By David E. Smith
How do events with respectable competition prestige impression Canadian politics? around the Aisle is an cutting edge exam of the idea and perform of competition in Canada, either in Parliament and in provincial legislatures. Extending from the pre-Confederation period to the current day, it specializes in even if Canada has constructed a coherent culture of parliamentary opposition.
David E. Smith argues that Canada has in truth didn't strengthen this kind of culture. He investigates a number of attainable purposes for this failure, together with the lengthy dominance of the Liberal get together, which arrested the culture of viewing the competition instead govt; sessions of minority executive triggered through the proliferation of events; the position of the scoop media, that have mostly displaced Parliament as a discussion board for remark on govt coverage; and, ultimately, the expanding approval for demands direct motion in politics.
Readers of around the Aisle will achieve a renewed knowing of professional competition that is going past Stornoway and shadow cupboards, illuminating either the historic evolution and up to date advancements of competition politics in Canada.
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Extra resources for Across The Aisle: Opposition in Canadian Politics
Mackenzie was one, the From Coalition to Coalition, 1867–1920 33 others consisting of Mr. Blake, Mr. Holton and Mr. ’25 Later (between 1880 and 1887), Blake again acted as leader of the opposition. D. ’26 Temperament and personality thus made him (until Stéphane Dion more than a century later) the first leader of the Liberal party not to become prime minister. 28 Of the many ramifications that flowed from this change, the one most germane to this discussion has to do with the influence it exerted on opposition.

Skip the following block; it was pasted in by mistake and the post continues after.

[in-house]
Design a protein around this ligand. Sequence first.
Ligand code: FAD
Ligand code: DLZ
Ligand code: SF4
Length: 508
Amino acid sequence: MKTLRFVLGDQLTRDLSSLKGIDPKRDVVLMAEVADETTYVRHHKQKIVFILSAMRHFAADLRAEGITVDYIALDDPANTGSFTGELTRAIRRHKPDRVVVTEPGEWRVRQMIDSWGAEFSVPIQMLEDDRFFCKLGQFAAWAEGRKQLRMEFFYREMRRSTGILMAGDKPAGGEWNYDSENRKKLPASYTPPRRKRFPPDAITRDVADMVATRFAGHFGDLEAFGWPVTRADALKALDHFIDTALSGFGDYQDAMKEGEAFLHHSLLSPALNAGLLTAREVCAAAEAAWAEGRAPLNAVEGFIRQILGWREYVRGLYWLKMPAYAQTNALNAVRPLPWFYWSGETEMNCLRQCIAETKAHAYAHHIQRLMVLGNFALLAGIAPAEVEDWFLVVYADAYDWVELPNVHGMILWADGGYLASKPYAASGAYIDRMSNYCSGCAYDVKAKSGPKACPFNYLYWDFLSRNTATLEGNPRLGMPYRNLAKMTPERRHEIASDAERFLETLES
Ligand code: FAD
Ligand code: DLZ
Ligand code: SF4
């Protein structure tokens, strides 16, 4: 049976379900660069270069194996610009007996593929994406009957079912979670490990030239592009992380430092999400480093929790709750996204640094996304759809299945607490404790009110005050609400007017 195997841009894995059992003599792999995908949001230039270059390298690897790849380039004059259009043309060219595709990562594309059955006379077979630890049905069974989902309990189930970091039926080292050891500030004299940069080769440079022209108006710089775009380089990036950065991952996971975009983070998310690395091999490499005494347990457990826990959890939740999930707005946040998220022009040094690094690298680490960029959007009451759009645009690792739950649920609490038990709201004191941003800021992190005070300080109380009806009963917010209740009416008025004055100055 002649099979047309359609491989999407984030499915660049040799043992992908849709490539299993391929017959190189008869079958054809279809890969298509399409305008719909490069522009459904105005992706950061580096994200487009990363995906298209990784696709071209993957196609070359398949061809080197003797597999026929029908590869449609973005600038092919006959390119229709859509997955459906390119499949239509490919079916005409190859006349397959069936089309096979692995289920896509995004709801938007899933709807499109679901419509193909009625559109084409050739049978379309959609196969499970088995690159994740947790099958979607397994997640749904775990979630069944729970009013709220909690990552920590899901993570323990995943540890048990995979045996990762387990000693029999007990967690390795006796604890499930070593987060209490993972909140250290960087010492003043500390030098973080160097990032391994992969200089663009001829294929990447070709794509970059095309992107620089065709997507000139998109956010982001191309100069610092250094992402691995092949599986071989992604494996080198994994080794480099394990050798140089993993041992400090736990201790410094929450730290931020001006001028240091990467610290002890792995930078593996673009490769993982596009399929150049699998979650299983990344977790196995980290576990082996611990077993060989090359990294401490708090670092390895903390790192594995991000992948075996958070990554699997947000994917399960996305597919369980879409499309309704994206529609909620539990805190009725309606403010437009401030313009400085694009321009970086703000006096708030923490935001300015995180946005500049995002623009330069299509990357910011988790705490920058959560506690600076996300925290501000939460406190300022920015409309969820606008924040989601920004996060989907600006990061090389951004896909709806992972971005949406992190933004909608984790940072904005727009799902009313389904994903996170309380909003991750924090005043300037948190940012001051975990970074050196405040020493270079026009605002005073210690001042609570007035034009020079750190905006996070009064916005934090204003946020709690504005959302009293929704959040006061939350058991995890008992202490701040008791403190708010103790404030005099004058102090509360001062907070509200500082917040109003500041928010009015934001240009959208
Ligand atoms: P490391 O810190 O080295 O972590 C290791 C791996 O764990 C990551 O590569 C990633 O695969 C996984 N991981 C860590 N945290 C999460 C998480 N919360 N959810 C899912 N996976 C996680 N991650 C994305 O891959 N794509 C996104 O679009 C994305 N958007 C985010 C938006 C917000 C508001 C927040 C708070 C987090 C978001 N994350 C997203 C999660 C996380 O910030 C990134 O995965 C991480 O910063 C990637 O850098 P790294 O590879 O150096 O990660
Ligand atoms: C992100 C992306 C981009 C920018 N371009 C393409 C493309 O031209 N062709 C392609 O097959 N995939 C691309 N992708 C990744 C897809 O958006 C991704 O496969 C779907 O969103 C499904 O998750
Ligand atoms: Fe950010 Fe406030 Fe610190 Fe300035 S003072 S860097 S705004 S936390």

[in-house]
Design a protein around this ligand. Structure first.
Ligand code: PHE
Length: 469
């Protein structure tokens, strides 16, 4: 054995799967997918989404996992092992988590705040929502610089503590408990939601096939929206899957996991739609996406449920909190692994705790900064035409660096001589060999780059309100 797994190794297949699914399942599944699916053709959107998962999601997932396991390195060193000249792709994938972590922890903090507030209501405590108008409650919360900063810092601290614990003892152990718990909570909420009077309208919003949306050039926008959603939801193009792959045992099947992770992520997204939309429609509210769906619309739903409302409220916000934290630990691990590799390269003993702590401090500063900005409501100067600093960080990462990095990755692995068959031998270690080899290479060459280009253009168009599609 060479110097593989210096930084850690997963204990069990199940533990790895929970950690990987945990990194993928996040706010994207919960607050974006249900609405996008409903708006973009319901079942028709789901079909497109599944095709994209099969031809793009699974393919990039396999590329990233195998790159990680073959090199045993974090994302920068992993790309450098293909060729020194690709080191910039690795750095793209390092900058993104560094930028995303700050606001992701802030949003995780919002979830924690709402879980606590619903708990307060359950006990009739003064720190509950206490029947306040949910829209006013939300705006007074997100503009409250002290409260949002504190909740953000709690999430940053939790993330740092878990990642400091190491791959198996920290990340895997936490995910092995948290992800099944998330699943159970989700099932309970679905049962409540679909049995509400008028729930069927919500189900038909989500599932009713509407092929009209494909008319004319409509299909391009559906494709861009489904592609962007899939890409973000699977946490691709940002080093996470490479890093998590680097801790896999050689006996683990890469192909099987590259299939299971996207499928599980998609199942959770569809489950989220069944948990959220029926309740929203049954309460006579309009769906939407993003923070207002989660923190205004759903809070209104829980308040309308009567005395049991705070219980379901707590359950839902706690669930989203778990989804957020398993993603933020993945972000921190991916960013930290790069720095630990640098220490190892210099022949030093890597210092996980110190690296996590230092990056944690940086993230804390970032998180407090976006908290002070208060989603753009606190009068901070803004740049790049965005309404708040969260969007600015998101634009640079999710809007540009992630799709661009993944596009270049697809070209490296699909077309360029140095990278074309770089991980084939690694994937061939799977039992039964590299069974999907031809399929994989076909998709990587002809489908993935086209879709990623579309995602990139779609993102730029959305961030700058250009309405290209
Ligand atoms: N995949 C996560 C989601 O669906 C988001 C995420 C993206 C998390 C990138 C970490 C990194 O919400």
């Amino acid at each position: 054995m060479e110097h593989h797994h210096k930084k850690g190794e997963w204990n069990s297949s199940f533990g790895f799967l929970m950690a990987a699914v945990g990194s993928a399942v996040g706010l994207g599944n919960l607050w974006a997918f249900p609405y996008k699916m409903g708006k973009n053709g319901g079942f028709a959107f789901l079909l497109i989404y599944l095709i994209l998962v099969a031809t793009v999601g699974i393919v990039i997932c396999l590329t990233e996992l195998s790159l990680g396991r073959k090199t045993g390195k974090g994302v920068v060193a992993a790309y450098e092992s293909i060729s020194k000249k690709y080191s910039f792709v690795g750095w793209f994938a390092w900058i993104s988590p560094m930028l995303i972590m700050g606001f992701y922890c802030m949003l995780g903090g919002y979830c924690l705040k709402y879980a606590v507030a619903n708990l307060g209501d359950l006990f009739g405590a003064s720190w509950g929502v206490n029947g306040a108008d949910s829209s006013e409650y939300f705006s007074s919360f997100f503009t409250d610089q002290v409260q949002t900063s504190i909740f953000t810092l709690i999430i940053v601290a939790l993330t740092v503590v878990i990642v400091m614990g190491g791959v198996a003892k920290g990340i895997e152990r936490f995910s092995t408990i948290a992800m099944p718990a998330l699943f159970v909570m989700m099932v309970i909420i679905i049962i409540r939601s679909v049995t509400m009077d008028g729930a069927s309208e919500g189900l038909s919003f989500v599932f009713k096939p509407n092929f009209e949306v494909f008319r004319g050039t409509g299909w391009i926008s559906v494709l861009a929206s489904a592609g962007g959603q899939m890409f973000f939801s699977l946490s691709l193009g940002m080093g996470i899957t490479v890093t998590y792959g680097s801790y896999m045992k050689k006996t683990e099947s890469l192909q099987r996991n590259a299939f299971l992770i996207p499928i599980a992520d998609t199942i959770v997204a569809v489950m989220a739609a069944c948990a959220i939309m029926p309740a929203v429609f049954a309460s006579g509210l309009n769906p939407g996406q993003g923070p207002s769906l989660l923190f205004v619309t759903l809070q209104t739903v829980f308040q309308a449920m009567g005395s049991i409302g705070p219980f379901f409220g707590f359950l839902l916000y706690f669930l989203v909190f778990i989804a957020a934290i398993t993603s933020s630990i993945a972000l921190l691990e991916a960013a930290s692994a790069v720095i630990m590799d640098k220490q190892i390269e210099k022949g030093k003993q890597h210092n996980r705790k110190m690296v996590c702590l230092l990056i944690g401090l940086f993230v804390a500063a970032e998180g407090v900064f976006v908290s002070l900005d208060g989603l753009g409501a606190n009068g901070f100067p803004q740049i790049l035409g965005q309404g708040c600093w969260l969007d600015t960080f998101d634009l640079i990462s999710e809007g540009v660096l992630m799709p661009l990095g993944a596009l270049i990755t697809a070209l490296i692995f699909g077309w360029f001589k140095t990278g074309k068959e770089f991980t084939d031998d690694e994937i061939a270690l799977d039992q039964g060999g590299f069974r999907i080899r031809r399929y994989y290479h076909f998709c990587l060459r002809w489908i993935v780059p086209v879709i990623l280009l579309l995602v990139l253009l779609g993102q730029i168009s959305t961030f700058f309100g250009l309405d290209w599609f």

Australian example is often cited in discussions of Senate reform in Canada. 45 Whether or not one accepts the critics’ claim that the Senate of Canada lacks legitimacy because it is appointed, the Senate remains one chamber in a bicameral parliament. For that reason the relationship between the two houses deserves scrutiny. This point relates to the manner in which upper-house behaviour affects the conduct of opposition in the lower house. A cardinal rule governs that relationship: the Senate shall 18 Across the Aisle not, except in rare instances, thwart the legislative will of the Commons by rejecting a bill.
Where, in the matter of language, for instance, does the opposition (regardless of party allegiance) stand? Is it for cultural (that is, dualistic) federalism, or does it stand behind territorial federalism? If opposition in a system of responsible government is loyal, that is, constitutional, opposition, how can it then be opposed to a matter so fundamental as the government’s interpretation of Canada? Yet that conception is confounded by another complication: dependency upon another power, Great Britain up to the 1940s and the United States afterward.